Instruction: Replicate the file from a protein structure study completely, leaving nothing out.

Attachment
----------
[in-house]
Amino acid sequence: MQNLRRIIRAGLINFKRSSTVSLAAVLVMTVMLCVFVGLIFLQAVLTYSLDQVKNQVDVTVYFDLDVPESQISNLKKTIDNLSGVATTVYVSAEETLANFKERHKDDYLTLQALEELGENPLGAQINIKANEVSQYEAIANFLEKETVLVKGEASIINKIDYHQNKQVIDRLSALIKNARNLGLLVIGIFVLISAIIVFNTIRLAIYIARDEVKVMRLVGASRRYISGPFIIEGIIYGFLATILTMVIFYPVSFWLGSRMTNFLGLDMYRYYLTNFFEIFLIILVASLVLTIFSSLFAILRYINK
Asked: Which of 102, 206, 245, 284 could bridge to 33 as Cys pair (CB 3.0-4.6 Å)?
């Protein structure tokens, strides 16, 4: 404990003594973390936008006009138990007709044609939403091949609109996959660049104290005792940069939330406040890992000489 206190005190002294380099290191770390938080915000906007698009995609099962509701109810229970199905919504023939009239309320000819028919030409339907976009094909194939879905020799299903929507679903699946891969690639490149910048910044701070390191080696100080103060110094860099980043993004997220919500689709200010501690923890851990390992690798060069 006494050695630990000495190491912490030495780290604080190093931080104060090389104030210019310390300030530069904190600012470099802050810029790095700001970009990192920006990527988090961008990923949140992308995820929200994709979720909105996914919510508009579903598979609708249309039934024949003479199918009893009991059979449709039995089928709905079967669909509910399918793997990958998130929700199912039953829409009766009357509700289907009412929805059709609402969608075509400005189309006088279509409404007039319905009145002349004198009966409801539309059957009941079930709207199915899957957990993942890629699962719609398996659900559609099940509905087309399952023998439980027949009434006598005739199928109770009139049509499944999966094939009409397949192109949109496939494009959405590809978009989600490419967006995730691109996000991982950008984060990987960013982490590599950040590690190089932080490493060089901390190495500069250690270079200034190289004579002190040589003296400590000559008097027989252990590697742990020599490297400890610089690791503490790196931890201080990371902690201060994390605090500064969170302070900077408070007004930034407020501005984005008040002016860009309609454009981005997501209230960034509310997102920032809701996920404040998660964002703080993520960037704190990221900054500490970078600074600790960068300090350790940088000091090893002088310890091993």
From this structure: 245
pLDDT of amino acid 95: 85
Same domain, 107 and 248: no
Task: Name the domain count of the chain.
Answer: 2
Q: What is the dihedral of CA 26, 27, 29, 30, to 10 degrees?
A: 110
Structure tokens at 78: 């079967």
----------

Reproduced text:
[in-house]
Amino acid sequence: MQNLRRIIRAGLINFKRSSTVSLAAVLVMTVMLCVFVGLIFLQAVLTYSLDQVKNQVDVTVYFDLDVPESQISNLKKTIDNLSGVATTVYVSAEETLANFKERHKDDYLTLQALEELGENPLGAQINIKANEVSQYEAIANFLEKETVLVKGEASIINKIDYHQNKQVIDRLSALIKNARNLGLLVIGIFVLISAIIVFNTIRLAIYIARDEVKVMRLVGASRRYISGPFIIEGIIYGFLATILTMVIFYPVSFWLGSRMTNFLGLDMYRYYLTNFFEIFLIILVASLVLTIFSSLFAILRYINK
Asked: Which of 102, 206, 245, 284 could bridge to 33 as Cys pair (CB 3.0-4.6 Å)?
């Protein structure tokens, strides 16, 4: 404990003594973390936008006009138990007709044609939403091949609109996959660049104290005792940069939330406040890992000489 206190005190002294380099290191770390938080915000906007698009995609099962509701109810229970199905919504023939009239309320000819028919030409339907976009094909194939879905020799299903929507679903699946891969690639490149910048910044701070390191080696100080103060110094860099980043993004997220919500689709200010501690923890851990390992690798060069 006494050695630990000495190491912490030495780290604080190093931080104060090389104030210019310390300030530069904190600012470099802050810029790095700001970009990192920006990527988090961008990923949140992308995820929200994709979720909105996914919510508009579903598979609708249309039934024949003479199918009893009991059979449709039995089928709905079967669909509910399918793997990958998130929700199912039953829409009766009357509700289907009412929805059709609402969608075509400005189309006088279509409404007039319905009145002349004198009966409801539309059957009941079930709207199915899957957990993942890629699962719609398996659900559609099940509905087309399952023998439980027949009434006598005739199928109770009139049509499944999966094939009409397949192109949109496939494009959405590809978009989600490419967006995730691109996000991982950008984060990987960013982490590599950040590690190089932080490493060089901390190495500069250690270079200034190289004579002190040589003296400590000559008097027989252990590697742990020599490297400890610089690791503490790196931890201080990371902690201060994390605090500064969170302070900077408070007004930034407020501005984005008040002016860009309609454009981005997501209230960034509310997102920032809701996920404040998660964002703080993520960037704190990221900054500490970078600074600790960068300090350790940088000091090893002088310890091993």
From this structure: 245
pLDDT of amino acid 95: 85
Same domain, 107 and 248: no
Task: Name the domain count of the chain.
Answer: 2
Q: What is the dihedral of CA 26, 27, 29, 30, to 10 degrees?
A: 110
Structure tokens at 78: 């079967």